For the past few years we as a collective have been working on a variety of similar projects, most recently The Return to Palestine. I have also been working with the organizational committee of this march these past months. The march was designed from the very beginning to be peaceful; a demonstration of non-violent resistance. It involved dozens of civil society organizations, both Palestinian and Lebanese, from inside and outside the refugee camps, and similar to the meetings in 2006, was most inspiring during those moments when dozens and dozens of people, sitting around a large line of tables, focused energy on this one matter, putting differences aside. The various criticisms now appearing concerning the march–that it was staged for this or that political group or faction–need to be addressed. For they reveal in and of themselves the class distinctions that drive and divide this country, indeed this world. It is to those critics that I address this missive.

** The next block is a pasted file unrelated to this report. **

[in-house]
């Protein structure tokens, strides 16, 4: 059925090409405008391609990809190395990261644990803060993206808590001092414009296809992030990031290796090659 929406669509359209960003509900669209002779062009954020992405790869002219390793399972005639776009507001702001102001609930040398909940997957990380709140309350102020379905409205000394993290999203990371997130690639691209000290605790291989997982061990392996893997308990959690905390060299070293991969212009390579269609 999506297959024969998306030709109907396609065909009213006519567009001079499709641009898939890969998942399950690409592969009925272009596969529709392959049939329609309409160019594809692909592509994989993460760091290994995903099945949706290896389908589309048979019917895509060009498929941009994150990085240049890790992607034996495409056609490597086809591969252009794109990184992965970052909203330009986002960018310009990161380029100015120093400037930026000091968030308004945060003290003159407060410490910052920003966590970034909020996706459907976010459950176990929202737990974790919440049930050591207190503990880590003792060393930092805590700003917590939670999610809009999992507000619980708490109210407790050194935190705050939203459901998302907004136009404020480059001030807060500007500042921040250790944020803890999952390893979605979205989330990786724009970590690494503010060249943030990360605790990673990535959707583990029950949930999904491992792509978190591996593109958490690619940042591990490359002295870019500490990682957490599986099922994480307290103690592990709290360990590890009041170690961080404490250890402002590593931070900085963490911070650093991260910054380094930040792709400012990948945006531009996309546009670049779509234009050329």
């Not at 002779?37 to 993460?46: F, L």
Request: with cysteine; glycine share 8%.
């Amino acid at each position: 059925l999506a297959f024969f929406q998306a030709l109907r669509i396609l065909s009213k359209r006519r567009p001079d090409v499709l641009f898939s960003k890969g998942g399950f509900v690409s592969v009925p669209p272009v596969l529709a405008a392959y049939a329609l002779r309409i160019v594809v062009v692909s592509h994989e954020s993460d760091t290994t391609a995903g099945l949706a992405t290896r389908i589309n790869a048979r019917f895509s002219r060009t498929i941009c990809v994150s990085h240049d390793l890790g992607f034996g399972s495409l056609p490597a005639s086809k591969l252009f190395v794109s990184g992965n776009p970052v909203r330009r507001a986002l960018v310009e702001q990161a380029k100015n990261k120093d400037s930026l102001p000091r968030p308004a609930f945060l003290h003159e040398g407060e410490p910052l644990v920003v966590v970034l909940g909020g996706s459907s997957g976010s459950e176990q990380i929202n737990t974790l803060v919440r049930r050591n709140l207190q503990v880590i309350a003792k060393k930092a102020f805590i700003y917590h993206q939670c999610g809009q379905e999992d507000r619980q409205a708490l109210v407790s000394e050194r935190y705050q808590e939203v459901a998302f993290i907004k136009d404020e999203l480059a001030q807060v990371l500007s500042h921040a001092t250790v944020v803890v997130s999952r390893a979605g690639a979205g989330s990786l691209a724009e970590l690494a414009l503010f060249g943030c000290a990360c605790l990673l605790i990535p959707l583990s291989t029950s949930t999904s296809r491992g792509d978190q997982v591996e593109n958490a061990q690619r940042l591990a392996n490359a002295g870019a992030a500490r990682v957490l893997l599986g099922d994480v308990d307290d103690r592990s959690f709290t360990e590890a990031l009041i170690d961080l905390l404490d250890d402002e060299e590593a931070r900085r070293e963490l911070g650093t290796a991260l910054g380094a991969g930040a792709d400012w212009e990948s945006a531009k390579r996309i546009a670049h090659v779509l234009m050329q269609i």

If you are able, from the privilege of your social status, from the luxury of your class position, to cast aspersions on this or any other group, then you are able to effectively remove yourself from any positive action for change. This is, of course, as you wish, and it is also as they wish; so know whose work you accomplish. This is, of course, an acknowledgment of the status quo, and as long as the groups so castigated act “true to form” as you would have it, then you can maintain your sense of superiority, your Western-ness, your conceptions of democracy, meanwhile using these very concepts to denigrate others seen as intrinsically incapable of manifesting them. This ignores, of course, the negative incentives that your divide-and-conquer strategy imposes on such groups, that are, in fact, a function of the First World’s life and lifestyle. This is the great Orientalist project, this is the mimicry of criminal buffoons such as Thomas Friedman and Bernard Lewis, this is the height of self-loathing when it comes from those on the local scene, this is what is referred to as the local comprador class of intellectuals. And, as usual, you have nothing worthwhile to add to this discussion, while the means of discussion are mostly within your control, your power structures, and your notions of discourse, analysis, and media. So even when saying nothing, things fall in your favor.